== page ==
|Chronicle Covers Lighthouse Keeper Search
November 30, 2008
San Pablo Bay lighthouse needs new keeper
Sunday, November 30, 2008
Recently laid off? Don't despair. The job of a lifetime awaits you on a windswept island lost in time. Or at least lost in the fog.
A Richmond nonprofit is looking for a couple to serve as lighthouse keepers on East Brother Island, a 1-acre rock in San Pablo Bay. The winning applicants will keep tabs on the flashing Fresnel light and a pair of foghorns, and will run the inn housed in the 1874 lighthouse, which still has a functioning Coast Guard light.
"We've loved it out here," said outgoing lighthouse keeper Elan Stewart, 30, who's held the job for the past three years with his wife, Katy, 32. "It's definitely isolated but it's pretty easy to get to the city, so we get the best of both worlds."
The Stewarts, their two dogs and their 11-month-old son plan to move to Tacoma, Wash., to be closer to family.
"We'd probably stay forever if we could figure out how to get a pizza delivered," said Katy. "But it's been great. I love the independence of it. And the view, of course. And the neighbors."
The nearest neighbor is the harbormaster at Point San Pablo Yacht Harbor, a 20-minute boat ride around the point and into the harbor. Nonhuman neighbors include seals, sea lions, pelicans, cormorants, seagulls and the occasional lost turkey.
Life hasn't changed much on East Brother since the first lighthouse keepers moved in 134 years ago. The light flashes. The ships pass. The fog rolls in, and the horn blasts. Twice, boats have rammed the island. Once, Elan rescued a flailing swimmer.
Power comes from a mix of solar panels, propane and an underwater electric cable from the shore. A tiny septic system handles waste. Water comes from a 70,000-gallon cistern that collects rainfall. Supplies are so scarce that guests - even those paying $415 a night - are not allowed showers unless they stay a second night.
Four afternoons a week, guests arrive, enjoy Champagne and a four-course dinner, then spend the night in the picturesque, three-story Victorian lighthouse. The Stewarts spend most of their time cooking, cleaning and handling the inn's paperwork.
But when the guests are gone, life on East Brother quickly reverts to a timeless tranquility. With no television reception and limited electrical power, the only sounds are the squawking gulls, waves slapping the rocky shore and the foghorn, which beeps every 20 seconds, 24 hours a day, from Oct. 1 through April 1.
"You can get there quickly, but once you're there, you're in a different world," said Richmond City Councilman Tom Butt, president of the East Brother Light Station board. "It's just the birds, boats, ships and fog. You just get transported to another era."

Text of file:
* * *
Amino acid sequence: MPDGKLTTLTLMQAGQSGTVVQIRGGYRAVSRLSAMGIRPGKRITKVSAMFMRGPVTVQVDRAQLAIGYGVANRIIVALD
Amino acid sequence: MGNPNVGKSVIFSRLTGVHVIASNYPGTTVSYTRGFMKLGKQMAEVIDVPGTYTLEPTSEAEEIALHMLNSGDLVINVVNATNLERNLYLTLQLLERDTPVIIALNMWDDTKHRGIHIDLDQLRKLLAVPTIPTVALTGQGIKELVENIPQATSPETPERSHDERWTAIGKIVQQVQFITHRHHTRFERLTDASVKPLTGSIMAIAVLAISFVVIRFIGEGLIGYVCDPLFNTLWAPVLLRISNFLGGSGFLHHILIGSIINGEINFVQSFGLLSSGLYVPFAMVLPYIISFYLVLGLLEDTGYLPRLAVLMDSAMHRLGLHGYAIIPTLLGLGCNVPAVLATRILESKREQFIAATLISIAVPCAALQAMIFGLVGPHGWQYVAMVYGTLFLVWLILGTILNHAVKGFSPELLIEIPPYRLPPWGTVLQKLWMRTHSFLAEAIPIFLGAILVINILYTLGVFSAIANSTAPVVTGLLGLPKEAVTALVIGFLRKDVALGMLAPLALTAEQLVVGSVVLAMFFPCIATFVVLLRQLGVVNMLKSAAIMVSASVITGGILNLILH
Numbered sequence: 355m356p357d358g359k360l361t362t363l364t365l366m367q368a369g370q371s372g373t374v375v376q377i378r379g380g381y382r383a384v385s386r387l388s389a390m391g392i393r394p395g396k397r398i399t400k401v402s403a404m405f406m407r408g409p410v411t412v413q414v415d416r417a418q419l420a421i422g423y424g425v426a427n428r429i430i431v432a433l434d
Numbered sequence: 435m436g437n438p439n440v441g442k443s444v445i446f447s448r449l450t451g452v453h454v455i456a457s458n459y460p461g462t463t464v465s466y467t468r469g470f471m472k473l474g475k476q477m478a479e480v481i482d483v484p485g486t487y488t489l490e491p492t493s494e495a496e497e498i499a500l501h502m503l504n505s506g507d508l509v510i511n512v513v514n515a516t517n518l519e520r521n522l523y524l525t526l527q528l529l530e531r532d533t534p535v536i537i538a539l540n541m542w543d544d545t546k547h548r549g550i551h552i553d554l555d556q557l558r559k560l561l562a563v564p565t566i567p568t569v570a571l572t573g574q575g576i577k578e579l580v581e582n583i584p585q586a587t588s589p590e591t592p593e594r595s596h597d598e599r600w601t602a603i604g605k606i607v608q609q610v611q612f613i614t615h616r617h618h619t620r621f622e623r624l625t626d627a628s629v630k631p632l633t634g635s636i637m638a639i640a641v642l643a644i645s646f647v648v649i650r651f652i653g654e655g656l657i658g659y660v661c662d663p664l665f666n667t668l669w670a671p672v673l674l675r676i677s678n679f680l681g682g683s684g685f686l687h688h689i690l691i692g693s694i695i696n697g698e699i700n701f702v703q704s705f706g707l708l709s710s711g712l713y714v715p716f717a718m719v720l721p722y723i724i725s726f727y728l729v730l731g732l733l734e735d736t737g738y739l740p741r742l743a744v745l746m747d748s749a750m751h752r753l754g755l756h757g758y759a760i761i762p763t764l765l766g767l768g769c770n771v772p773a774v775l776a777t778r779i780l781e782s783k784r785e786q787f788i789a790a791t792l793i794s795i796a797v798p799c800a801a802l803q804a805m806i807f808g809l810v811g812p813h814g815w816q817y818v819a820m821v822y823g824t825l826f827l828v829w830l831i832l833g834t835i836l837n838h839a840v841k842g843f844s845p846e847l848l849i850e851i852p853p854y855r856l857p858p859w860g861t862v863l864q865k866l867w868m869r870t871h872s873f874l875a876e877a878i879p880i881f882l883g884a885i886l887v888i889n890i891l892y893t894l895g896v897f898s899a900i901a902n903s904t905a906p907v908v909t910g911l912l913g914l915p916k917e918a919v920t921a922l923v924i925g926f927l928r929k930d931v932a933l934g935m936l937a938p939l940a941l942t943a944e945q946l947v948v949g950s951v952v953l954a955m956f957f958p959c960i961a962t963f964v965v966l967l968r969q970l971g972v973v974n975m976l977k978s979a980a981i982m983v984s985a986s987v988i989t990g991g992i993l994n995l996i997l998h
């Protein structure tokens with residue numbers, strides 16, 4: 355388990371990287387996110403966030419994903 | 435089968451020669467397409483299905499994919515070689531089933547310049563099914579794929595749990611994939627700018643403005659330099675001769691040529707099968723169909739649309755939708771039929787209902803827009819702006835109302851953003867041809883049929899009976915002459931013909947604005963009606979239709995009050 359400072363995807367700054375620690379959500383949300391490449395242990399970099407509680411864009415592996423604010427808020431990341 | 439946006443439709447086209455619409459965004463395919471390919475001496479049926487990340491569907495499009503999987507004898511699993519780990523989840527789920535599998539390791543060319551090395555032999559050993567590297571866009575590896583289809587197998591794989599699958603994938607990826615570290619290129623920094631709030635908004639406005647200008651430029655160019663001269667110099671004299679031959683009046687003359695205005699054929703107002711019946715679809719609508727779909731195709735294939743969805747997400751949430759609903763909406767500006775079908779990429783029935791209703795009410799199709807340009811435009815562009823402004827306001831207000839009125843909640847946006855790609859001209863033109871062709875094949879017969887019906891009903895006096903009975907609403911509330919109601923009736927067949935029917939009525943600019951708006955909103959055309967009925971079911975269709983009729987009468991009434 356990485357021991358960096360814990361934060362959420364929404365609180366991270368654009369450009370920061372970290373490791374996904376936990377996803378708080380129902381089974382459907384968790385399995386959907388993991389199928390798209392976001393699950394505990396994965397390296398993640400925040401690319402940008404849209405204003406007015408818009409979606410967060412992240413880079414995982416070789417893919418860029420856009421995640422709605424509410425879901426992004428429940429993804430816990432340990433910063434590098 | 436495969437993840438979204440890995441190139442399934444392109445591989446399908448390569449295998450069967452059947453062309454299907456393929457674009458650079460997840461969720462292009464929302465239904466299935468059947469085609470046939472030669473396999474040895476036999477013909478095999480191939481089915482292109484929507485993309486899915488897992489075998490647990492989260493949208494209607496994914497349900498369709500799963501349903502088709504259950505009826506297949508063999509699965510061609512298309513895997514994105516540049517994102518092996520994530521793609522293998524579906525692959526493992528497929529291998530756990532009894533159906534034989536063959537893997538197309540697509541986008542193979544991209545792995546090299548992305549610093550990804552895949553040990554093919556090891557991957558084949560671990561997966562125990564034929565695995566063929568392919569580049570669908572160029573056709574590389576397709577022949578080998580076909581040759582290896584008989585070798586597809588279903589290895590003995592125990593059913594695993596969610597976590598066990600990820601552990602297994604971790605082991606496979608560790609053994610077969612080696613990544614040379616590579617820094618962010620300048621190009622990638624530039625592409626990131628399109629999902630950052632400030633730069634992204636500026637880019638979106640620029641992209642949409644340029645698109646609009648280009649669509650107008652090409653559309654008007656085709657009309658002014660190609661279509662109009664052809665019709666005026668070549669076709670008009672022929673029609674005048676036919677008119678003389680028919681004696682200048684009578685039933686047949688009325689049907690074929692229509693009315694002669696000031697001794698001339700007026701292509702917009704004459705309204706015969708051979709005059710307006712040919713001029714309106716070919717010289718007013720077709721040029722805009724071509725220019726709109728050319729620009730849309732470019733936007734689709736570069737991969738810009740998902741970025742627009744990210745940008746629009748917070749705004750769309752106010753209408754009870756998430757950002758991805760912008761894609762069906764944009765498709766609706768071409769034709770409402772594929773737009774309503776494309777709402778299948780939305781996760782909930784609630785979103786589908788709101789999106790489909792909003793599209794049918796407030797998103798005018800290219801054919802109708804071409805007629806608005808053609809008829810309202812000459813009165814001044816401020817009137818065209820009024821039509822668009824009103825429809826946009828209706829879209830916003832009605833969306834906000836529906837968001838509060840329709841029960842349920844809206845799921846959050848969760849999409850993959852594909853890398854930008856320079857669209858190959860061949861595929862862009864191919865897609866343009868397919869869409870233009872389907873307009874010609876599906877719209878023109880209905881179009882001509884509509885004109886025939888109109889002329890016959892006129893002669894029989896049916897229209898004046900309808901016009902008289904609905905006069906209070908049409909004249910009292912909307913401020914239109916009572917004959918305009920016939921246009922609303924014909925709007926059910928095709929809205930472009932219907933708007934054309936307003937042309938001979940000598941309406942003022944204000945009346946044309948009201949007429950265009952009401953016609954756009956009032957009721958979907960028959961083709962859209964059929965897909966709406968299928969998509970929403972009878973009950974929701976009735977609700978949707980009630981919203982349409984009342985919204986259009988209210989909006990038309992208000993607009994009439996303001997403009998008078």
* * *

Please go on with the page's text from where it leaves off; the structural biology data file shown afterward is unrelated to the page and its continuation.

The lighthouse was built by the U.S. Lighthouse Service to guide boats between San Francisco Bay and Mare Island and the delta. All the original structures are still in use: the lighthouse, a cottage for the innkeepers and a small building that houses the original foghorn, a deafening, low-pitched diaphone powered by an air compressor.
After the U.S. Coast Guard, which absorbed the Lighthouse Service in the 1930s, automated the light and installed a modern foghorn around 1970, the island had no need for lighthouse keepers. East Brother sat uninhabited for about a decade, except for periodic visits from carousing teenagers.
In 1980, a group of preservationists got permission from the Coast Guard, which owns the island, to renovate the lighthouse and take over its maintenance. The group was led by Oakland mechanical engineer Walter Fanning, whose grandparents had been lighthouse keepers on East Brother decades earlier.
Income from the bed-and-breakfast pays for the island maintenance and supports the lighthouse keepers, who earn between $70,000 and $100,000, plus room and board.
The island is now on the state and federal lists of historic places.
Pat Diamond was the first lighthouse keeper after it reopened as a bed-and-breakfast nearly 30 years ago.
"We had some crazy nights out there," said Diamond, who's now a mom of twin 9-year-olds in Los Altos. "Not much is printable. I was single and in my 20s, let me put it that way."
Diamond initially took the job with a boyfriend, "but he went a little haywire" and her next co-keeper was Fanning, who at the time was in his 70s. They made an odd pair but managed to keep the operation afloat, she said.
Then, as now, there's not much to do when the guests are gone. One can watch the birds land on West Brother, a treeless outcropping about 100 yards away, or wave to sailors as they glide by.
Or one can blast the old foghorn. According to local legend, those who enjoy a romantic interlude on the island sound the foghorn to celebrate.
Otherwise, it's just the wind, the seagulls, the fog and history.
"It was like nothing I've experienced before or since," Diamond said. "It was hard work running the inn, and it was hard being so isolated, but I felt very lucky to be able to do it. You really are a part of history."
To apply for the lighthouse keeper job, applicants must have a U.S. Coast Guard commercial boat operator's license. For information, go to www.tombutt.com/pdf/keeper%20application%20package.pdf
Or you may mail a resume and proof of Coast Guard license to Tom Butt, president, East Brother Light Station, 117 Park Place, Richmond, CA 94801, or fax to (510) 232-5325.
For more information about the lighthouse, go to http://ebls.org.
E-mail Carolyn Jones at email@example.com.